Hollywood loves a remake! That’s certainly the case with Stella Dallas, which has a 1925 silent version directed by Henry King, a 1937 version directed by King Vidor, and a 1990 version (called Stella) starring Bette Midler. (It was also the basis of a radio series from 1937 to 1955, with Anne Elstner in the title role.) I’m going to focus on the differences and similarities between the 1925 and 1937 versions. My apologies, Ms. Midler.
All three film versions of Stella Dallas take as their source the 1923 novel by Olive Higgins Prouty (1882–1974). Prouty wrote 10 novels, all dealing with the struggle of contemporary women endeavoring to live full lives with intellectual, personal, spiritual, and financial self-reliance despite their limited social standing in the 20th century. She often wove moments into her novels that reflected her own life. Torn between being a mother and wife and a novelist, Olive relinquished the title of full-time writer for that of full-time homemaker. This personal tension is echoed in her writing, and especially in the eccentric lack of “traditional” mothers in her work. The death of her child Olivia, in 1923, inspired the story of the self-sacrificing mother Stella Dallas. When Olive suffered a nervous breakdown in 1925, her rather perceptive doctor set her on an unorthodox course of treatment: write daily and consider it your profession.
The 1925 silent version of Stella Dallas stars Belle Bennett as Stella, Ronald Colman as her husband, Stephen Dallas, and Lois Moran as their daughter, Laurel. Stella, the daughter of a factory worker, marries Stephen after a brief courtship but soon realizes they come from different worlds, with Stephen’s refinement and education constantly underscoring Stella’s lack of either. When Laurel is born Stella tries hard to be a devoted mother and supportive wife, but the Dallases soon separate and Stella toils to give Laurel many of the material things she did not have. Much to Stella’s relief—and regret—Laurel has an innate grace and elegance that aligns her more with her father’s world of comfort than Stella’s of drudgery. The script for the 1925 film was written by Frances Marion, one of the most prolific and pioneering women in the earliest days of commercial movies. (For more on Frances Marion, read Cari Beauchamp’s exceptional book Without Lying Down: Frances Marion and the Powerful Women of Early Hollywood.) Marion’s adaptation of Prouty’s book is quite faithful, and kudos to director Henry King and producer Samuel Goldwyn for comprehending Marion’s and Prouty’s talents.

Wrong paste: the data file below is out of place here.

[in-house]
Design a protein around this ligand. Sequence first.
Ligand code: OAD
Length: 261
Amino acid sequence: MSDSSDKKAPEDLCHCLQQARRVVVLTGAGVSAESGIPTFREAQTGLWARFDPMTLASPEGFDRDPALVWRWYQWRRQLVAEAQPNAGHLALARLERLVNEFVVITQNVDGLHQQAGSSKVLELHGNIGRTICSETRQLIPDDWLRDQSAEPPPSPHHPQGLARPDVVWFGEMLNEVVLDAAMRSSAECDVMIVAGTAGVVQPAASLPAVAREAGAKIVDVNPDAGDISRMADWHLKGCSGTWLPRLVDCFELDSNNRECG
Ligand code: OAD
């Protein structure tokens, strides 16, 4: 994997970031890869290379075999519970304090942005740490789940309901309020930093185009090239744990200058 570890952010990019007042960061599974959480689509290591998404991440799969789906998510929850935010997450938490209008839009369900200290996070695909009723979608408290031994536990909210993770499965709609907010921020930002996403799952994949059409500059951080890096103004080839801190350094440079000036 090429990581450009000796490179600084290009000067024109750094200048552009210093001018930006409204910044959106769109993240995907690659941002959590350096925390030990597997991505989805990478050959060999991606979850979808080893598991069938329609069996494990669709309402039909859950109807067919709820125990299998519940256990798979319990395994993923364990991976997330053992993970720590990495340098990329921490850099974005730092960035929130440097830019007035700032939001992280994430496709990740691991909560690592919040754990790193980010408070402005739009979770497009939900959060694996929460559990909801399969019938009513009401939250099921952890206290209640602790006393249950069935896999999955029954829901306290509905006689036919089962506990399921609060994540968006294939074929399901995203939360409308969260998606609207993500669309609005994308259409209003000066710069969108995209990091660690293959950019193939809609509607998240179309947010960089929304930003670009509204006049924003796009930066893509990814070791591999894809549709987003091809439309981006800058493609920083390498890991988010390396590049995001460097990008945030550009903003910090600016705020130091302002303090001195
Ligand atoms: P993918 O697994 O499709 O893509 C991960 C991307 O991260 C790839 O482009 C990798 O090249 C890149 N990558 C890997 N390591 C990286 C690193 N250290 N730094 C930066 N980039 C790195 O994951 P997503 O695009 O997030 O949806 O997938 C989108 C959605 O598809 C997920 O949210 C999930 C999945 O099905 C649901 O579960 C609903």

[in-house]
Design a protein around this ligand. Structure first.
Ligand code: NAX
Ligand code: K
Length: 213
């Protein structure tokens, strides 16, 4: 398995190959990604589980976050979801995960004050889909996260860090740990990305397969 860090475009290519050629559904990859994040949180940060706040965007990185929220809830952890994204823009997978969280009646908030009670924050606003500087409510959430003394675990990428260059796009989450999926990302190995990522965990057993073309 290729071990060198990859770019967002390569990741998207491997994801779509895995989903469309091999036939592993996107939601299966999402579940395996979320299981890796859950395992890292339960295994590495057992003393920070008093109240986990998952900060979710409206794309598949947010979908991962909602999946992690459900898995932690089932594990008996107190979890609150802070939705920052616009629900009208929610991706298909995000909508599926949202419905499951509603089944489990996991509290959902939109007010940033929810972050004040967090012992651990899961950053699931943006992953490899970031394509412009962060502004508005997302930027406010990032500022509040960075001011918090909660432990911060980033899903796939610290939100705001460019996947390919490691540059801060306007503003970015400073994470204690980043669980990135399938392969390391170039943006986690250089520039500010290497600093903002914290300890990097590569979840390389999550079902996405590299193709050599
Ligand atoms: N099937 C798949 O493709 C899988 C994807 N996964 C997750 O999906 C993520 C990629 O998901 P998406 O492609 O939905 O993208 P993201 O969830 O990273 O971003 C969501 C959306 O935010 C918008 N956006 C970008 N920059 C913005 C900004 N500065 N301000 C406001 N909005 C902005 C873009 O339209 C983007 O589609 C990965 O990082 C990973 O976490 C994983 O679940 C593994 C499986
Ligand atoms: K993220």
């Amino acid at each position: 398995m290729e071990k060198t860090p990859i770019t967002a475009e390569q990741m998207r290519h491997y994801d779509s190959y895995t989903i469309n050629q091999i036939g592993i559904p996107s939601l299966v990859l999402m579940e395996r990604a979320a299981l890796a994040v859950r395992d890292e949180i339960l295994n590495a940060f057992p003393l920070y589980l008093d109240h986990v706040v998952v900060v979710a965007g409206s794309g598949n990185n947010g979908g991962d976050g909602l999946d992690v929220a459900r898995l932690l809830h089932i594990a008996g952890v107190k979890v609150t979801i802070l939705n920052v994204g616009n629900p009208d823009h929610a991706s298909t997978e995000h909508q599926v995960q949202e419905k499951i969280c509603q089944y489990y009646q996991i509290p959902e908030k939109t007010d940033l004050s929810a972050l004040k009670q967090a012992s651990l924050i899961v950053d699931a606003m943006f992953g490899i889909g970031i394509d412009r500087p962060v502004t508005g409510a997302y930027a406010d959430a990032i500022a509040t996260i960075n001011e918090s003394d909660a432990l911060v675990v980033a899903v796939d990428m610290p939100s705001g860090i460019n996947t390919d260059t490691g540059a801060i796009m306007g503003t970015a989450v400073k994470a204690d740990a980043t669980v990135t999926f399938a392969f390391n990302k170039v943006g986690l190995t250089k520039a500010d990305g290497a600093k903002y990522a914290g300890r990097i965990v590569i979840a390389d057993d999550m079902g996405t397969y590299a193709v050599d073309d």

The bones of the narrative remain very much the same for the 1937 version, starring the gutsy Barbara Stanwyck. John Boles, who costarred with Shirley Temple in a number of films, plays the polished Stephen, and Anne Shirley, the star of the 1934 film Anne of Green Gables, is Laurel. I can’t quite put my finger on the reasons why, but it seems to me that Stella is judged more harshly this time around. Maybe it has to do with Victor Heerman and Sarah Y. Mason’s screenplay, chockablock with sassy, coarse dialogue? Frances Marion’s script was impressive, but one is reading intertitles and not hearing the voice, cadence, and rhythm of the actors. Then, of course, there’s the magnificent Stanwyck, whose slovenly approach to Stella earned her an Academy Award nomination for Best Actress. (She lost the Oscar to Luise Rainer in The Good Earth.) Talk about method acting! Stanwyck’s unruly mass of over-bleached blonde hair is always coming undone and the sash of her well-worn robe is never quite in place. The text on an original lobby card for Stella Dallas reads, “RIDICULED for her clothes, her cheapness, her vulgarity…she shows the world what true mother-love means.”
The 1925 version of Stella Dallas is screening December 16 at 1:30 p.m. and January 9 at 7:30 p.m., with live piano accompaniment.